Around the Tidal Basin in Washington DC are three memorials to Thomas Jefferson, Franklin Roosevelt, and Martin Luther King, Jr.
In the memorials are inscribed quotations spoken or written by these extraordinary men.
Thomas Jefferson is the primary author of the Declaration of Independence, Franklin Roosevelt is president of the United States during World War II, Martin Luther King, Jr. is a leader of civil rights for all.
Their words are timeless, their ideals and actions in the history of the United States speak to us today.
We hold these truths to be self-evident, that all men are created equal, that they are endowed by their Creator with certain inalienable rights, among these are life, liberty, and the pursuit of happiness, that to secure these rights governments are instituted among men.
I am not an advocate for frequent changes in laws and constitutions, but laws and institutions must go hand in hand with the progress of the human mind. As that becomes more developed, more enlightened, as new discoveries are made, new truths discovered and manners and opinions change, with the change of circumstances, institutions must advance also to keep pace with the times.
Freedom of speech
Freedom of worship
Freedom from want
Freedom from fear.
The structure of world peace cannot be the work of one man, or one party, or one nation … It must be a peace which rests on the cooperative effort of the whole world.
Martin Luther King, Jr.
I believe that unarmed truth and unconditional love will have the final word in reality. This is why right, temporarily defeated, is stronger than evil triumphant.
Injustice anywhere is a threat to justice everywhere.
I have the audacity to believe that peoples everywhere can have three meals a day for their bodies, education and culture for their minds, and dignity, equality, and freedom for their spirits.
- Who Was Thomas Jefferson? by Dennis Brindell Fradin, John O’Brien.
- Thomas Jefferson was not only author of the Declaration of Independence and third president of the United States, he read and spoke multiple languages, played the violin, loved horseback riding, invented tools, collected fossils, designed buildings. (Chapter book)
- Thomas Jefferson: Life, Liberty and the Pursuit of Everything by Maira Kalman.
- Meet Thomas Jefferson, who was curious about everything – he designed and built his house, collected maps, paintings, Native American artifacts, cultivated his vegetable garden, and read everything under the sun. At Monticello his bed was two-sided so he could hop up and go into his study, or get up on the other side, and go outdoors. Fabulous imaginative illustrations bring Thomas Jefferson to life. (Picture book)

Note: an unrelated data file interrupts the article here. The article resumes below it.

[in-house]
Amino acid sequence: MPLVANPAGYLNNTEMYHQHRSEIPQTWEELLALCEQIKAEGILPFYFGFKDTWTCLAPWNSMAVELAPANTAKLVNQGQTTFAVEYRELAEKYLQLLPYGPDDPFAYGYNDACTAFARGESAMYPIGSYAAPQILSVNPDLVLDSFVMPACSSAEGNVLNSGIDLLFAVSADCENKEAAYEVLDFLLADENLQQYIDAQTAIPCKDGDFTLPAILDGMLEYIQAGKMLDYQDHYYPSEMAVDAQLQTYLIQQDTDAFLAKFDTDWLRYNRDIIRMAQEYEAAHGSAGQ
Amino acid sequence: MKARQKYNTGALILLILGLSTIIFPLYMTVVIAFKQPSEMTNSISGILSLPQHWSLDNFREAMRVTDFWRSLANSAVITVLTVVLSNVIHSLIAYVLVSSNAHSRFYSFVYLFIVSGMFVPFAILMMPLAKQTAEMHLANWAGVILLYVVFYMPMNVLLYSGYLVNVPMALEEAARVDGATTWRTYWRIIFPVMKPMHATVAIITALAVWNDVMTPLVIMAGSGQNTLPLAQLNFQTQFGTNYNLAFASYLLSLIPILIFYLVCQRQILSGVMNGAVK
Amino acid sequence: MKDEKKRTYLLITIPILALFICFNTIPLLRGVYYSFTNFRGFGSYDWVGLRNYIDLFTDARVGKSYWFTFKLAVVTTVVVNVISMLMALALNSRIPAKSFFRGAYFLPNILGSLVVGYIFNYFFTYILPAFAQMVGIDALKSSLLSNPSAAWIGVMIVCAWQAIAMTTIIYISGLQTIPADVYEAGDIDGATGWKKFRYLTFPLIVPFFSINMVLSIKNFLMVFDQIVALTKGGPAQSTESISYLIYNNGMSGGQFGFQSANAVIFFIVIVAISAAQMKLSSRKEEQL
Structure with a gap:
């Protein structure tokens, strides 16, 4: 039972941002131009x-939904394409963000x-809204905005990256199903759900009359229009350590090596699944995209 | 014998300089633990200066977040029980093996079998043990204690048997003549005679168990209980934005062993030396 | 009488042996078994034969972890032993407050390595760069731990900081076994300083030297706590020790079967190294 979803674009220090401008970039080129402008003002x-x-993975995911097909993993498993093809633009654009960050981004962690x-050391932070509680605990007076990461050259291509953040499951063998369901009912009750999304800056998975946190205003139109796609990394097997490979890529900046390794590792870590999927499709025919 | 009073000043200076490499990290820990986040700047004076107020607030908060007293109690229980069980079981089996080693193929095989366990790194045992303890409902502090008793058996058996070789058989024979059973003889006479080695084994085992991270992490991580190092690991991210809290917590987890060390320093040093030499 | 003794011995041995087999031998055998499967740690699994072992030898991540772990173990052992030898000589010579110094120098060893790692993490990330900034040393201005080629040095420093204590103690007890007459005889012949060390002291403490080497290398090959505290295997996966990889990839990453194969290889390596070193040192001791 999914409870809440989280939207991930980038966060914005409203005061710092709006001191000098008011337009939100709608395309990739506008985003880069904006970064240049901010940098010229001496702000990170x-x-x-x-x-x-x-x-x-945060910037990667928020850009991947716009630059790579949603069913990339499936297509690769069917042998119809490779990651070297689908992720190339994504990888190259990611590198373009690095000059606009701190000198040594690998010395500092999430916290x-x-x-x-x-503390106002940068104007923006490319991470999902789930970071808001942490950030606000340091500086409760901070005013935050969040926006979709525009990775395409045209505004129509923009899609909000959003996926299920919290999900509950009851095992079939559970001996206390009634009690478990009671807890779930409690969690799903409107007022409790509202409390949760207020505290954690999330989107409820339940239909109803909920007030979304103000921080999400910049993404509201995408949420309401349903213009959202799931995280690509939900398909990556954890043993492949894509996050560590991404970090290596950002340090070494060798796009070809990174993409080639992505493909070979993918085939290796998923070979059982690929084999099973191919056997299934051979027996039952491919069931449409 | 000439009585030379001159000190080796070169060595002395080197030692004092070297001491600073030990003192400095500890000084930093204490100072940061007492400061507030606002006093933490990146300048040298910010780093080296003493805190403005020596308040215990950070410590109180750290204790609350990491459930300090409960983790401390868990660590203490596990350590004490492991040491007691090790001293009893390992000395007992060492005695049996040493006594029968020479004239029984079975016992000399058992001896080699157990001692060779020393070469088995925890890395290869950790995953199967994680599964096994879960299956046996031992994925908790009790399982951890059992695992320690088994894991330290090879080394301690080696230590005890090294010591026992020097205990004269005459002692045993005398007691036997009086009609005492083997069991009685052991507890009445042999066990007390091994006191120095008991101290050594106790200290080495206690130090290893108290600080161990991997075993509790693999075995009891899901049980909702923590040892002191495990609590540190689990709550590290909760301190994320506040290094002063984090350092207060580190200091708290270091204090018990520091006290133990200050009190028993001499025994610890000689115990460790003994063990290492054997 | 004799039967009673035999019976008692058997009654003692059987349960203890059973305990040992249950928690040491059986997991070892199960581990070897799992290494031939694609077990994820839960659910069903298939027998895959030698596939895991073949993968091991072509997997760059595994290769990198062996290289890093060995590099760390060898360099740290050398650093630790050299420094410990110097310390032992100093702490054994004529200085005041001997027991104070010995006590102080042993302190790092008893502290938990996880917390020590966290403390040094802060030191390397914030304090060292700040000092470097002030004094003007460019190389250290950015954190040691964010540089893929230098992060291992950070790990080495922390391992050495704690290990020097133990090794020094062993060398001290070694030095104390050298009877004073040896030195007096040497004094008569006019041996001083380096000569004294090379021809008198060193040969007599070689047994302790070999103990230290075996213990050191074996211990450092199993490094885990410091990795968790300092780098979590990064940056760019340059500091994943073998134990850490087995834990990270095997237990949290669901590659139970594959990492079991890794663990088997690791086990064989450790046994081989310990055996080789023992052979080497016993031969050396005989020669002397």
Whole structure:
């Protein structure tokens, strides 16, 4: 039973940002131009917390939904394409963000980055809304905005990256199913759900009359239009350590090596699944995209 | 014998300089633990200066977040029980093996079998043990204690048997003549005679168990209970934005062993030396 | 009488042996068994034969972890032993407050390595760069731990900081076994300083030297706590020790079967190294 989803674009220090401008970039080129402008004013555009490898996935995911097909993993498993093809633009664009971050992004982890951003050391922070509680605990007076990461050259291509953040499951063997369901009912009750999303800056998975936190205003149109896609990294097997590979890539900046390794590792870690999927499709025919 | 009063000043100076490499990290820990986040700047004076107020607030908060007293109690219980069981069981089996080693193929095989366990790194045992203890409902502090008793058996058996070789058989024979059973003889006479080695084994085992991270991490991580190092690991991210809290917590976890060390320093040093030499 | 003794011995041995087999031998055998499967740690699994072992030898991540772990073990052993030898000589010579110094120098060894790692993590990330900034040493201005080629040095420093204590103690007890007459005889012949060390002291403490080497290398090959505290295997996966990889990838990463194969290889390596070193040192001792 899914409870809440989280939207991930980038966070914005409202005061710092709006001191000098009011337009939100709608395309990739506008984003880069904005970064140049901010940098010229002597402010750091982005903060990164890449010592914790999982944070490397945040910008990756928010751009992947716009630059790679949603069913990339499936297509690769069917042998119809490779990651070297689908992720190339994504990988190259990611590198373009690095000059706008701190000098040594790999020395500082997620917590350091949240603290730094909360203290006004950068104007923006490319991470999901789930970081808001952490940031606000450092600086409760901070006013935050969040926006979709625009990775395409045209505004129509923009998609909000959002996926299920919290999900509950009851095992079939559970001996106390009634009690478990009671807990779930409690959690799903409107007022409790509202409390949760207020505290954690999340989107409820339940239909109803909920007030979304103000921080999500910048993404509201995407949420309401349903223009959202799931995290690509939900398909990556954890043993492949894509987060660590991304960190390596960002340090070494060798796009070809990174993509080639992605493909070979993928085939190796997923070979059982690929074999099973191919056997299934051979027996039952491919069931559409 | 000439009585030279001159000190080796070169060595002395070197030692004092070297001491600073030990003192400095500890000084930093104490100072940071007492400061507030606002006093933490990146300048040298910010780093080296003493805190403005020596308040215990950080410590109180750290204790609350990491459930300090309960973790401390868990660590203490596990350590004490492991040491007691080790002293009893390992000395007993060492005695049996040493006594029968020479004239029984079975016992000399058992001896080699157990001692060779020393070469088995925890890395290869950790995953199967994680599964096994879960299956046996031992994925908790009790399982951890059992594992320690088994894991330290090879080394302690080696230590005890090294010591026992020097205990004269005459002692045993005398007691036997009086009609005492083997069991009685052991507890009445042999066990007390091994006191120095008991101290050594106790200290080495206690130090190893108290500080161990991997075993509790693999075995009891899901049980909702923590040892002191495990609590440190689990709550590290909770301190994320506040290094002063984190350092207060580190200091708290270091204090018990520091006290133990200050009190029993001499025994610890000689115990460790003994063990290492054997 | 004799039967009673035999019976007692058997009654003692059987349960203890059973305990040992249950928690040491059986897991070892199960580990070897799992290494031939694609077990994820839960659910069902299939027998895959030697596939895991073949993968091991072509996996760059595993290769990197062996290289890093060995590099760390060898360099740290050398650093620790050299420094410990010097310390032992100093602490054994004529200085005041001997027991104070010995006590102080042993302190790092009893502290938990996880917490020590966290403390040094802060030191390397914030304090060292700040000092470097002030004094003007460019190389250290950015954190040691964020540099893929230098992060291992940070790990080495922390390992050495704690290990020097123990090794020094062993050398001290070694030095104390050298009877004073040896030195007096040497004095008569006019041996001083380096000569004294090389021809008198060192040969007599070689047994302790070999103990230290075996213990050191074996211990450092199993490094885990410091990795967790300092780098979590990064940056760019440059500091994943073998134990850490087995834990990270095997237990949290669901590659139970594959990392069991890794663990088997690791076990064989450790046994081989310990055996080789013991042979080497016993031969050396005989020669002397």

- Who Was Franklin Roosevelt? by Margaret Frith, John O’Brien.
- Illustrated biography of Franklin Roosevelt, who served for 12 years and was president during World II. Crippled with polio, that didn’t slow him down – he drove his own car and swam in the pool every day. And he like to talk, and broadcast weekly radio shows to the American public. (Chapter book)
- A Boy Named FDR: How Franklin Roosevelt Grew Up to Change America by Kathleen Krull, Steve Johnson, Lou Fancher.
- Franklin Roosevelt was born into a wealthy family, but his parents taught him to “help the helpless, ” his high school headmaster urged the students to go into politics to make things better, Franklin was sympathetic to the less fortunate and met people from vastly different backgrounds than his own. Stricken with polio, his legs were paralyzed, but, with Eleanor’s support, FDR returned to politics. Roosevelt was president for four terms, leading the country through the Great Depression and World War II. (Picture book)
- Who Was Martin Luther King, Jr.? by Bonnie Bader, Elizabeth Wolf.
- Before visiting his memorial, read this biography about the great voice of civil rights Martin Luther King, Jr., who believed in peaceful protest and equal rights for black people. Leader of freedom marches, winner of the Nobel Peace Prize, “I have a dream.” (Chapter book)
- I am Martin Luther King, Jr.? by Brad Meltzer Christopher Eliopoulos.
- Growing up, Martin Luther King’s parents taught him that he was as good as anyone, even though black people were treated very differently than white people. He wanted to protest, using peaceful methods, he gave speeches – “to work and fight until justice runs down like water and righteousness like a mighty stream, organized demonstrations for freedom, and changed the world. (Picture book)